Thanks to technology, though, instructors have opportunities like never before to connect and interact with their online students. In fact, one attribute of a successful online educator, according to the UMass faculty, is the ability to “give frequent individualized feedback, using a variety of communication tools…[and] help students connect with one another.”
How quick is quick enough, though? They suggest that instructors respond and give feedback to students within 24 hours. “Timely feedback makes students feel that the instructor is attentive.”
Frequent connection points throughout the course of an online class develop a foundation of communication that formative feedback can be built on.How do online instructors make their presence known? By giving feedback regularly Click To Tweet
“Students need to have a sense the instructor is really ‘there,’ not ‘missing in action.’ This means…making your presence known by participating in online discussions [and] giving students regular feedback on their work and their comments.”
So here are the tips to use feedback to make those frequent connections:
1. Give your students expectations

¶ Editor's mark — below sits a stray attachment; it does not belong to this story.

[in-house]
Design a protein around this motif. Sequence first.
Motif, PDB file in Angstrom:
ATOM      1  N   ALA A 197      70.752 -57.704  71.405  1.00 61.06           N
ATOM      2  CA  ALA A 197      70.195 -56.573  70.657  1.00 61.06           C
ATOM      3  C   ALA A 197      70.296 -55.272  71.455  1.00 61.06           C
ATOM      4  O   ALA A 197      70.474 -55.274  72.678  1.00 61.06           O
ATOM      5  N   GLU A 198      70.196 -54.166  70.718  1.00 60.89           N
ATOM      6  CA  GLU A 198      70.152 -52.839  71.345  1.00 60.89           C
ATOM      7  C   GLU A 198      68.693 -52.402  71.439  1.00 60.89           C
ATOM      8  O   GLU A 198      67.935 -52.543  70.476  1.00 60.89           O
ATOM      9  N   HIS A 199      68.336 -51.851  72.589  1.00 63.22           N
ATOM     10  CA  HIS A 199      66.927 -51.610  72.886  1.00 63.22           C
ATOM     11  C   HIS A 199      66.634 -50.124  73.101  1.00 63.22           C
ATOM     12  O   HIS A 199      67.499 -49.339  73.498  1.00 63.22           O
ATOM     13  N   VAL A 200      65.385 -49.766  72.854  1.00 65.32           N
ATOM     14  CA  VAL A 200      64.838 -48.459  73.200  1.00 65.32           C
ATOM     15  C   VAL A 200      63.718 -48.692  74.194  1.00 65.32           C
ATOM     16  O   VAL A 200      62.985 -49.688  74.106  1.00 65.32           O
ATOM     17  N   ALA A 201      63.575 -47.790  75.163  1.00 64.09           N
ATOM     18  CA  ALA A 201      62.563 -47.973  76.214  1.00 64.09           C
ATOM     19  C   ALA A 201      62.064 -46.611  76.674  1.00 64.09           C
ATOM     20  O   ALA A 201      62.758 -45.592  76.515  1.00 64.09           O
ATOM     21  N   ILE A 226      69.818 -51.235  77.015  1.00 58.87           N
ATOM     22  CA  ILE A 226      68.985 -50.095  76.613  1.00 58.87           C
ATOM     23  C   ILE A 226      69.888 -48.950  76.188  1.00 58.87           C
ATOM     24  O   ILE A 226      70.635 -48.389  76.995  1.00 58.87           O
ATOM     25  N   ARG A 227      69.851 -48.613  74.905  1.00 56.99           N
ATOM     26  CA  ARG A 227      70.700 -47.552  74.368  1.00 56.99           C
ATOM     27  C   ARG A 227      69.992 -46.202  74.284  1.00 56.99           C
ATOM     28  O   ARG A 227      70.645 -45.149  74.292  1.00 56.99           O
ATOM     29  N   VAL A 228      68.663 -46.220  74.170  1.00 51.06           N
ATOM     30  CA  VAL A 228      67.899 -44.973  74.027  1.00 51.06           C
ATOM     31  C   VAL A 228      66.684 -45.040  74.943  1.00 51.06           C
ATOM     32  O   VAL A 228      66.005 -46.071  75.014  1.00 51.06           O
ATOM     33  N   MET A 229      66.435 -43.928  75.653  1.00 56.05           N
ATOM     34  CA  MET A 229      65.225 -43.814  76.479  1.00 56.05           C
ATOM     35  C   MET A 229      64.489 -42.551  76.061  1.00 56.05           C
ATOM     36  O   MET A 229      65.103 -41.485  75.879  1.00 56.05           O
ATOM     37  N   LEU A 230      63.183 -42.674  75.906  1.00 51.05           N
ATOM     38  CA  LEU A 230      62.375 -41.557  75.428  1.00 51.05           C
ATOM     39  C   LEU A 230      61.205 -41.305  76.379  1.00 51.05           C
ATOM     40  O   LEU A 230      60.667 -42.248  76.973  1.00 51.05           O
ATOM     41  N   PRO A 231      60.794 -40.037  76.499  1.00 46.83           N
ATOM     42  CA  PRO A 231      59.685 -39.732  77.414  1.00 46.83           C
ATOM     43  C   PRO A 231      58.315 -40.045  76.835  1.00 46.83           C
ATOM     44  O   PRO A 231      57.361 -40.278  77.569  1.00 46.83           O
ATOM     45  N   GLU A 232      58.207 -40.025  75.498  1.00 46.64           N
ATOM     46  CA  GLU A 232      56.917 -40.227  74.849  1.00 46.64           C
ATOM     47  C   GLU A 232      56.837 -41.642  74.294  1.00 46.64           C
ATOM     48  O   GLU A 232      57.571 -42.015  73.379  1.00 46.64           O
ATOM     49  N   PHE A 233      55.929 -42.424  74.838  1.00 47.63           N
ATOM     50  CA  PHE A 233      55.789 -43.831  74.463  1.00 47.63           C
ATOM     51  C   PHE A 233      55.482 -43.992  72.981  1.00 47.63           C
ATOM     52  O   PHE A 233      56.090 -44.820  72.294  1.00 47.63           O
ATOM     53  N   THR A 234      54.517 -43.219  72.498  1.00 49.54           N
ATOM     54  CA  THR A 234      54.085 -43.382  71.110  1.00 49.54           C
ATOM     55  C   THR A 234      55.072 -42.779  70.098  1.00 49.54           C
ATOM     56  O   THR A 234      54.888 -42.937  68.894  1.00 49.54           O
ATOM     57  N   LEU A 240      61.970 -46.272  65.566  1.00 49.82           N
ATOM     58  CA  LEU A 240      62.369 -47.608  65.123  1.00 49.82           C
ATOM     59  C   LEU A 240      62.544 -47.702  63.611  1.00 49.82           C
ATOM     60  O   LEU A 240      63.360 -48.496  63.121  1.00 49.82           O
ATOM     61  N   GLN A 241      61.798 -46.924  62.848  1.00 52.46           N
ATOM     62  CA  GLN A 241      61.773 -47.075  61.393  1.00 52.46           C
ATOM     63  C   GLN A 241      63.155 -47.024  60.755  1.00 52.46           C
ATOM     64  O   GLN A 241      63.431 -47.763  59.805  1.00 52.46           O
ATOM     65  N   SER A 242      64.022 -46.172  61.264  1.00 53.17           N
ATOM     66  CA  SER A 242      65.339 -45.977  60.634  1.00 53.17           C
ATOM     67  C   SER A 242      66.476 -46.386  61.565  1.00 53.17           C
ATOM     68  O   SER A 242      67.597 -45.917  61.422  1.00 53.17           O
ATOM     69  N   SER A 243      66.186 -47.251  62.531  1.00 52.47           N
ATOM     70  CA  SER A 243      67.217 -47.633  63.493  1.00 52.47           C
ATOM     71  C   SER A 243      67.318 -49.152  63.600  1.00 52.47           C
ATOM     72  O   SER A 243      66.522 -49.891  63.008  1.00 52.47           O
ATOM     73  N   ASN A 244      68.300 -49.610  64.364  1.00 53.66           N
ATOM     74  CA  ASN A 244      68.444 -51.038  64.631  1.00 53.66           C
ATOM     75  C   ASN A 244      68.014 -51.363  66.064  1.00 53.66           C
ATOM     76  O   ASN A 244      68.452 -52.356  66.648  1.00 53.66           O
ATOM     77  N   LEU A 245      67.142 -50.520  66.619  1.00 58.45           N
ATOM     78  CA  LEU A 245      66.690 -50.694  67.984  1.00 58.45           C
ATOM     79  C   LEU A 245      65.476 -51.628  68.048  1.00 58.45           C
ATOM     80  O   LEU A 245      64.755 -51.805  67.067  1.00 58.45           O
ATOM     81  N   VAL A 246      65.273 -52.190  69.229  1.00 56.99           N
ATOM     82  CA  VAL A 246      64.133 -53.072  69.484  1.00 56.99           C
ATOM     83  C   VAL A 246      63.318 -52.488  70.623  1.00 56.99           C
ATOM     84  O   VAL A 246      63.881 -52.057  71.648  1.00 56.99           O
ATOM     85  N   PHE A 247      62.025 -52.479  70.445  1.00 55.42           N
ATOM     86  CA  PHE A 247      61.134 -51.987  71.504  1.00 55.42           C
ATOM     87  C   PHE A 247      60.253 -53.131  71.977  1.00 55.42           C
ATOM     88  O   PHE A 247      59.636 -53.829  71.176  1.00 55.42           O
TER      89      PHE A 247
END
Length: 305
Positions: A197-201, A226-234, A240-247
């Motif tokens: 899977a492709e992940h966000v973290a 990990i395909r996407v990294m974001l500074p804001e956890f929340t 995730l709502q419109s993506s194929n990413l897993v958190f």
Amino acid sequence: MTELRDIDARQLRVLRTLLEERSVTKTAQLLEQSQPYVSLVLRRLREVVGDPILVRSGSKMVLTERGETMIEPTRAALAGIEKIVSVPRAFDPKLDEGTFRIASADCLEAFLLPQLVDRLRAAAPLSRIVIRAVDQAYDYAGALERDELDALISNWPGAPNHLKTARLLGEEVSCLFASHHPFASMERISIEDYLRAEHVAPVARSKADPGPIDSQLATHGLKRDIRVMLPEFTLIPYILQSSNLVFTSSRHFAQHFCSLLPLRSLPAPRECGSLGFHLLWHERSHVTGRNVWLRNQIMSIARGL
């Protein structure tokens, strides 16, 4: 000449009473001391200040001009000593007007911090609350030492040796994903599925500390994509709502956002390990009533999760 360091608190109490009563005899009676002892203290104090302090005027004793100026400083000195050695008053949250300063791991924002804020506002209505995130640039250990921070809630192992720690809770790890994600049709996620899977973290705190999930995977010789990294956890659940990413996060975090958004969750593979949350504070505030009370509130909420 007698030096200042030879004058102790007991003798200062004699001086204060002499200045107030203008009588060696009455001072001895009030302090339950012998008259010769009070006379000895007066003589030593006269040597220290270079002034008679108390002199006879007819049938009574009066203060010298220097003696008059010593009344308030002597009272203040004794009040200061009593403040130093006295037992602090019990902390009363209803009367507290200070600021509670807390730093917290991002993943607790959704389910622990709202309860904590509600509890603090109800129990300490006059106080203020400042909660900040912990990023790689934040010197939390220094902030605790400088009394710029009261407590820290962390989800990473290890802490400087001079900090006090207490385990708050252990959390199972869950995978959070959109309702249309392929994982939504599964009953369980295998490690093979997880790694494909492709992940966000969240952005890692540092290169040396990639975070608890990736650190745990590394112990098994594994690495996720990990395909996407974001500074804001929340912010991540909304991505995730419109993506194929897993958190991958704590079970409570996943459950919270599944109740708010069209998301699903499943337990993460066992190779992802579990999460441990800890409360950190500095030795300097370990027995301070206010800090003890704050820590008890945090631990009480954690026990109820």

The best primer to help your students receive your feedback is telling them what to
Feedback within 24 hours is suggested expect and when. Then stick with it. This is especially important in the online classroom where you can give feedback through a variety of channels.
“Clarify the type of feedback you will be giving (regarding discussion participation, writing assignments, group work, etc.) so students have a clearer sense of what to expect from you” (UMass Faculty).
2. Use your students’ names
Online students can feel distant pretty quickly if the communication they have with their instructors is little or infrequent. Regardless of how often you communicate with your students, using their name will help build your relationship with them. It’ll also help them open up to the feedback you have for them.